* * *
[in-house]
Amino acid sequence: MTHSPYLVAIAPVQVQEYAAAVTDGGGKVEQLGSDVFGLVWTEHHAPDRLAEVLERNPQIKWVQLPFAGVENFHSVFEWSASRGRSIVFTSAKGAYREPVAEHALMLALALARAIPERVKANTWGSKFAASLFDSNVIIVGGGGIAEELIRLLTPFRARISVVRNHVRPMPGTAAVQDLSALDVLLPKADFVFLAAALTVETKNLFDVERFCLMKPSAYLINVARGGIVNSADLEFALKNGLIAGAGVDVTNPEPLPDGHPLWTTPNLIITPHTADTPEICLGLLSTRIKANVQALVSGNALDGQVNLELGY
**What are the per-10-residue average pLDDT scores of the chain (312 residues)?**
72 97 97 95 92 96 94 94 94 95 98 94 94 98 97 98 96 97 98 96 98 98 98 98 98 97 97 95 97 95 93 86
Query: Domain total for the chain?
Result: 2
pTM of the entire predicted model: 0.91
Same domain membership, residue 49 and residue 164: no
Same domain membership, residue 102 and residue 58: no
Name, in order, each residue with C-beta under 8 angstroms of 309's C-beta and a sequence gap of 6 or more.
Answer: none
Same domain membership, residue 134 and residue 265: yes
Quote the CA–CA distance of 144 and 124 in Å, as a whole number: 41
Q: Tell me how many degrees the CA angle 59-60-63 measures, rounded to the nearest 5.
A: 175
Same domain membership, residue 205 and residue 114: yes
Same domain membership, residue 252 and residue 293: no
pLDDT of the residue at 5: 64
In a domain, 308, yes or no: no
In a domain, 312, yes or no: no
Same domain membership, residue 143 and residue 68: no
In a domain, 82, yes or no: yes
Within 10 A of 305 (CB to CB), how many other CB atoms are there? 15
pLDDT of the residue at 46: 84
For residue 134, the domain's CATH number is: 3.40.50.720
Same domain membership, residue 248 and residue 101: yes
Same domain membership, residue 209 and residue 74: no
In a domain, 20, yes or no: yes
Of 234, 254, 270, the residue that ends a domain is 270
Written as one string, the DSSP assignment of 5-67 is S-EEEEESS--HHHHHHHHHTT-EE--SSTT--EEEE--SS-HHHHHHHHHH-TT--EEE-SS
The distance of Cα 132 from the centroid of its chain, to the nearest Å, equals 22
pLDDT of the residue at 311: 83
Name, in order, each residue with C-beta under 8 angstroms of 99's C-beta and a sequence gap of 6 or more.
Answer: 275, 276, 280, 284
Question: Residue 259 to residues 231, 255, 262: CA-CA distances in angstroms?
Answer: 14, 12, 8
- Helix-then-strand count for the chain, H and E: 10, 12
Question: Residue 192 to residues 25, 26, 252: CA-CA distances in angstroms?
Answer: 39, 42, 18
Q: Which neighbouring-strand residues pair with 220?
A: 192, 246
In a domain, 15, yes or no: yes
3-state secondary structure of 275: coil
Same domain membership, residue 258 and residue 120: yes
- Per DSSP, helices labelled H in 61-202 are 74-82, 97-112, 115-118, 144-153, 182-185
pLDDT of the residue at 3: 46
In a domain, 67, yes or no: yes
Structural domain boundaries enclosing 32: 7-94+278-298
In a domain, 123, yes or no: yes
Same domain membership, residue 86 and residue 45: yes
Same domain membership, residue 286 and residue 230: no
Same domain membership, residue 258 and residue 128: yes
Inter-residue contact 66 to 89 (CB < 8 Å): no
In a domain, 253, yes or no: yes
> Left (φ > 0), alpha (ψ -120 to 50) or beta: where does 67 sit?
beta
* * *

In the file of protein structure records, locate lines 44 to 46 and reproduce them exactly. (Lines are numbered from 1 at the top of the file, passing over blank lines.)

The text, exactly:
Same domain membership, residue 258 and residue 120: yes
- Per DSSP, helices labelled H in 61-202 are 74-82, 97-112, 115-118, 144-153, 182-185
pLDDT of the residue at 3: 46